Recent rape or sexual assault
Moray Rape Crisis offers support and information after a recent rape or sexual assault. We can help you cope with the immediate shock of what has happened and think about what you might want to do next.
Everyone is affected differently by sexual violence. How you are feeling, and what you want to do, will depend on your own experience and circumstances. There is no right or wrong way to feel.
If you want to speak with someone about what has happened to you, or about anything else on this page, please contact us on 01343 550407 or email us at email@example.com or phone the Rape Crisis Helpline on 08088 01 03 02 (every day 6pm to midnight).
If you have just been raped or sexually assaulted:
- Try to be somewhere that feels safe.
- Keep warm.
- If possible, see if a friend or someone you trust can be with you.
- If you need medical attention contact your doctor, A&E or phone NHS 24 on 111.
- If you think you would like to report the incident to the police, phone 101 or 999 and keep evidence.
- You might not feel like reporting now, but you might in time. So keep the clothes you were wearing at the time of the assault or anything else that might have evidence (blood, saliva, semen). Don’t wash clothes or other things. Put them in a clean plastic bag.
- If you wash yourself, use safe products, not household cleaning products as they can harm you.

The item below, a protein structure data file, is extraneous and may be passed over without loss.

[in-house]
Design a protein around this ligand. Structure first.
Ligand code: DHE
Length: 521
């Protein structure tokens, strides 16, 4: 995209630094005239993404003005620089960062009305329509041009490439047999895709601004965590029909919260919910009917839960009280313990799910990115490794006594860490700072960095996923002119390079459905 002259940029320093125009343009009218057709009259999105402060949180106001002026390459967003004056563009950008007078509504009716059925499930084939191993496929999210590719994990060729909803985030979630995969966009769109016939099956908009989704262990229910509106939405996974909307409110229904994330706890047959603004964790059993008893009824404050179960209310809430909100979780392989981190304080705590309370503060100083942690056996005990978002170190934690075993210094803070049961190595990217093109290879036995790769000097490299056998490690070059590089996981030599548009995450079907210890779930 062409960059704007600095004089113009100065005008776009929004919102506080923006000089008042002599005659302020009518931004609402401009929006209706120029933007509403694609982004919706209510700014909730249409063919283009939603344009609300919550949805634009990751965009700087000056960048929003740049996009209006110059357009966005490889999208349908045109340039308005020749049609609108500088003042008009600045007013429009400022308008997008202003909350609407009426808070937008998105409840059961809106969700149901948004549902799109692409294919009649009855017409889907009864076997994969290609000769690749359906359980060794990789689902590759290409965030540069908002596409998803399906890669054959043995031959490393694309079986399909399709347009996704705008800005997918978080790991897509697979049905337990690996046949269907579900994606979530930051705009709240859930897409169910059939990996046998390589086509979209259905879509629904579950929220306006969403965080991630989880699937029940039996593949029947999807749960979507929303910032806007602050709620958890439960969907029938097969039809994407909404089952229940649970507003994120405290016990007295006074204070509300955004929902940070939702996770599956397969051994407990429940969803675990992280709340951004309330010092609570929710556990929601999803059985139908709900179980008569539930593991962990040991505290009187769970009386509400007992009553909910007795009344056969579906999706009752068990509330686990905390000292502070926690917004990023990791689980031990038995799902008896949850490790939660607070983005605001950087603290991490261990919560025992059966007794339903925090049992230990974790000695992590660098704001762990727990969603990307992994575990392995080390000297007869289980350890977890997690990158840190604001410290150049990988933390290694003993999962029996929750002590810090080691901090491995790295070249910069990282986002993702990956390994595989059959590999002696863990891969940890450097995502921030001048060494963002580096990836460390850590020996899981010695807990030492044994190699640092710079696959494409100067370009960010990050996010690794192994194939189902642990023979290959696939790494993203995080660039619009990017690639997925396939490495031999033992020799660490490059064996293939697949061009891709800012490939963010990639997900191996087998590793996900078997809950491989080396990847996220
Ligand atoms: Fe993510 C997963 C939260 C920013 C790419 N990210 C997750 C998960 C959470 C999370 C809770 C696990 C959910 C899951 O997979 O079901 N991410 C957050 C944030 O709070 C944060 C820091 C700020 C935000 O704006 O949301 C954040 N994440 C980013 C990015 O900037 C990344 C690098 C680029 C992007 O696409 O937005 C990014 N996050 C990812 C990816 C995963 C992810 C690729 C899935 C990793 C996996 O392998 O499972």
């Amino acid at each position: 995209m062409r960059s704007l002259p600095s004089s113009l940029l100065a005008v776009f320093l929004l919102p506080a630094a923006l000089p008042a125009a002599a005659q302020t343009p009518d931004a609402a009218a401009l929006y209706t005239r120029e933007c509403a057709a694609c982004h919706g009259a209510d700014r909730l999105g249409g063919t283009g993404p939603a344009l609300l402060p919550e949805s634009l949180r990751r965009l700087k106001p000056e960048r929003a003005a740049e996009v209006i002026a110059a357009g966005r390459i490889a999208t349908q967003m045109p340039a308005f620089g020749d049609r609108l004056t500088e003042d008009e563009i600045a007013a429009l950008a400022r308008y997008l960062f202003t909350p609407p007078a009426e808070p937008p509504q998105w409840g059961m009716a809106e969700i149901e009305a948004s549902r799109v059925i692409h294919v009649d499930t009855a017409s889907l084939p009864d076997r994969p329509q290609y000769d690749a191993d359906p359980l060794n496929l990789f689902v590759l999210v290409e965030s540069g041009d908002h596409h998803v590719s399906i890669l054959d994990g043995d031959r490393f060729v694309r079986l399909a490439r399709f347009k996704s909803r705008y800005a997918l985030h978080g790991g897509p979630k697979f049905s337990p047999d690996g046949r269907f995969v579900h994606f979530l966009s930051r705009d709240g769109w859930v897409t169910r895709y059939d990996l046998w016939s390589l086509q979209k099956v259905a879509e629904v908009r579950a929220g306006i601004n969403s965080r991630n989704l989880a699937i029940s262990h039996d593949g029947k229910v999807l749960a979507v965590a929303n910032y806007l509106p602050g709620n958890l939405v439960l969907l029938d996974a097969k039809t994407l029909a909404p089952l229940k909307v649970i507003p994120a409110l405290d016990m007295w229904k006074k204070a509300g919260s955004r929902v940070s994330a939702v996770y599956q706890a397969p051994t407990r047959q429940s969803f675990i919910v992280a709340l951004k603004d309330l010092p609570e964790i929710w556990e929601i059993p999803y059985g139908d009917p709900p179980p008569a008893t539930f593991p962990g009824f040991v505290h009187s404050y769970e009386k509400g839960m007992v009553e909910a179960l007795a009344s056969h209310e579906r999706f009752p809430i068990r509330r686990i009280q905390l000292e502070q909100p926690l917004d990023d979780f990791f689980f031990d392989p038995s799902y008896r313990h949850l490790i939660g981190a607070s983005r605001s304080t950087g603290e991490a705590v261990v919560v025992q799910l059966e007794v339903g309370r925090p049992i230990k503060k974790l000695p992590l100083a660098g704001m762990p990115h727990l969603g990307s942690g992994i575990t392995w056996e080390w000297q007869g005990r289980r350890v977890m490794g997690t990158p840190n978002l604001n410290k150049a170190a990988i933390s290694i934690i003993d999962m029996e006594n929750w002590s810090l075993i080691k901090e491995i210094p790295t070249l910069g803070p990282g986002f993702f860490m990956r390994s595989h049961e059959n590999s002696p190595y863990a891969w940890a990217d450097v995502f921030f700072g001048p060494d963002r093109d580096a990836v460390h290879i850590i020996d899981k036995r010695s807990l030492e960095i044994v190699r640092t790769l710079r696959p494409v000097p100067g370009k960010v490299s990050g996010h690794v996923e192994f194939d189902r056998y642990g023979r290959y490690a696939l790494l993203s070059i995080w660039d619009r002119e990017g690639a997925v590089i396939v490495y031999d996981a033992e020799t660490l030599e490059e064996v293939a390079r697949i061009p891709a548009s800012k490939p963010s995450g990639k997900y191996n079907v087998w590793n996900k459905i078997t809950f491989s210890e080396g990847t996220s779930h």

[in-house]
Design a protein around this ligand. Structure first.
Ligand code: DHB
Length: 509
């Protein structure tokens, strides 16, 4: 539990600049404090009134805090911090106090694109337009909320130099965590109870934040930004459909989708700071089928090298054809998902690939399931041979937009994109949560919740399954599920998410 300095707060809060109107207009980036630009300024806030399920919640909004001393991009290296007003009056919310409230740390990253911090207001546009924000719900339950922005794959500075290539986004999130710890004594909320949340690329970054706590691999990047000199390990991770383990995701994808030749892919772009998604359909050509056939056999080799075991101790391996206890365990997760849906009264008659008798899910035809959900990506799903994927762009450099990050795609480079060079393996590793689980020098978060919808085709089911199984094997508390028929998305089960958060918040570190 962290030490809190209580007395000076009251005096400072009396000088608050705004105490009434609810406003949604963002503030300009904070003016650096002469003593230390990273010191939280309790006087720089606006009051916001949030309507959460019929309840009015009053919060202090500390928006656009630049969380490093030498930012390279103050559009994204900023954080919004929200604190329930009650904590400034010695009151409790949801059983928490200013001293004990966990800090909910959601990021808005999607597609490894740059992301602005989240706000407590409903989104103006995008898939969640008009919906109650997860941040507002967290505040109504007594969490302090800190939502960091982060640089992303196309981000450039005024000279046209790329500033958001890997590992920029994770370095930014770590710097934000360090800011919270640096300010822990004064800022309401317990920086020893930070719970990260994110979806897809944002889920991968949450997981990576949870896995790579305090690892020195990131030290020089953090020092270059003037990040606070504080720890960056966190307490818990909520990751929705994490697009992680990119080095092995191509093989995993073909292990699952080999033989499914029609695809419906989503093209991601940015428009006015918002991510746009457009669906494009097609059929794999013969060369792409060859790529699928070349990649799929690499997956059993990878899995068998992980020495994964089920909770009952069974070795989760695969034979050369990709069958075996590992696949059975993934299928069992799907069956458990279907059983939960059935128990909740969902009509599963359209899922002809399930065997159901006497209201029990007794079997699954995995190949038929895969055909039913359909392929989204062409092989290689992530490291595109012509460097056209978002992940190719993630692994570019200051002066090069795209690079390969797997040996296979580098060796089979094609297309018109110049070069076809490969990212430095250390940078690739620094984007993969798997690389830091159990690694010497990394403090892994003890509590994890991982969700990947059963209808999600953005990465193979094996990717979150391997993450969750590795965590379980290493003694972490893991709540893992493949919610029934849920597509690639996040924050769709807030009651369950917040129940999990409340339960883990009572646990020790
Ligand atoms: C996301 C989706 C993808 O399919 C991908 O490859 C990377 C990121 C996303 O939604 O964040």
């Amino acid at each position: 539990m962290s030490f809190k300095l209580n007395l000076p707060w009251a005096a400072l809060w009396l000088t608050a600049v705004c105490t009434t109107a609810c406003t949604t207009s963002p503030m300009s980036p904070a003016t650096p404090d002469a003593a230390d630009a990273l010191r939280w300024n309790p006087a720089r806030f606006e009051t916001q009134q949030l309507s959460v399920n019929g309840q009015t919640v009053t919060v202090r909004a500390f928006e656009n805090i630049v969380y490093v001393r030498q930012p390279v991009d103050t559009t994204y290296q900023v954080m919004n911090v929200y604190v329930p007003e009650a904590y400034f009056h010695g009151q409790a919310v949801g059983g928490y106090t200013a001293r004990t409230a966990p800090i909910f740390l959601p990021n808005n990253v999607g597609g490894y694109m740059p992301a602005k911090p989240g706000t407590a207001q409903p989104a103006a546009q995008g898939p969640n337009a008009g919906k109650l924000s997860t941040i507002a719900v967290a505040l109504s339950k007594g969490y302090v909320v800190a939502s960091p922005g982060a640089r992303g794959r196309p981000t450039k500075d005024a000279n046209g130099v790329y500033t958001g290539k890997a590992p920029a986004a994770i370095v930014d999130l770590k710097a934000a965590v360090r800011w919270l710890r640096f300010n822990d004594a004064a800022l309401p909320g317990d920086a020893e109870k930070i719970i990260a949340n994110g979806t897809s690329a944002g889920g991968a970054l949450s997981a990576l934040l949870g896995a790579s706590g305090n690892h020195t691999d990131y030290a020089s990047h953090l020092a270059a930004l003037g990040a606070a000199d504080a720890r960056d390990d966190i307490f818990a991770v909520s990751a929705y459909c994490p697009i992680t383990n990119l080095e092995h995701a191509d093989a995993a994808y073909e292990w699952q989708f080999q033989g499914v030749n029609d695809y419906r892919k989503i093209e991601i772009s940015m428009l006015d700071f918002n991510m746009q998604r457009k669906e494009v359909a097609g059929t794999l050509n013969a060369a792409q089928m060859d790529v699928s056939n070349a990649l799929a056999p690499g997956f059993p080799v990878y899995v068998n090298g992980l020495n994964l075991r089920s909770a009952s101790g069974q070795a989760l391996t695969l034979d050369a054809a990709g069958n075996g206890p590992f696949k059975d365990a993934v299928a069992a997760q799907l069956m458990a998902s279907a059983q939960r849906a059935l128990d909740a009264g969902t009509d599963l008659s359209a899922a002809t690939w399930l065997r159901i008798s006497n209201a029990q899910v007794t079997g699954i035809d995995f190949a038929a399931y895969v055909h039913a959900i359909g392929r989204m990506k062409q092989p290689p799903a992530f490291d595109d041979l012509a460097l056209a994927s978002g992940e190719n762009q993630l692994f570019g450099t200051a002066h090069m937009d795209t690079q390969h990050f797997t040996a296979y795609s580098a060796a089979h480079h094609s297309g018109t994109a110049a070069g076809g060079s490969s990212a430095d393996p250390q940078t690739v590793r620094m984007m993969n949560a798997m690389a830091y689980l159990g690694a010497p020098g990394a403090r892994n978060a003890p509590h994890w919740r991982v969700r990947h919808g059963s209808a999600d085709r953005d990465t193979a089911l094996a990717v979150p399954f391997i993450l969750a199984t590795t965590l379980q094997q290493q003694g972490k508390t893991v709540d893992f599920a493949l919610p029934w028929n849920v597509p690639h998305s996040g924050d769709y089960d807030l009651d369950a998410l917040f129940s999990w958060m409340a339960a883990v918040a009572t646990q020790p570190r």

- For women, if there is a possibility of pregnancy you may want to take the ‘morning after pill’ (two kinds: up to 72 hours/3 days after or up to 120 hours/5 days after) or have a coil fitted (up to 5 days after). You can buy the oral contraceptive pill at a pharmacy or get this from a GP or sexual health clinic. If you get the pill over the counter from a pharmacist there will be a charge. This can be up to £25.
- For women, you may want to do a pregnancy test. Your GP or the sexual health clinic can do this. You can also buy pregnancy testing kits in pharmacies and larger supermarkets. They are accurate approximately 2-3 weeks after conception.
- It may be a good idea to get tested for any sexually transmitted infections (STIs) as prompt treatment can prevent you from becoming ill later on. If you do have an STI, treatment can prevent you from becoming more seriously ill. You can be tested at the sexual health clinic. They will offer you fully confidential information, treatment and advice. You do not need a letter from your doctor. You will have to return for any test results. You do not have to give your name or say that you have been raped or sexually assaulted. You can take a friend with you for support or a support worker from Moray Rape Crisis may be able to go to this appointment with you.
- Phone the RCS Helpline or Moray Rape Crisis for advice and support.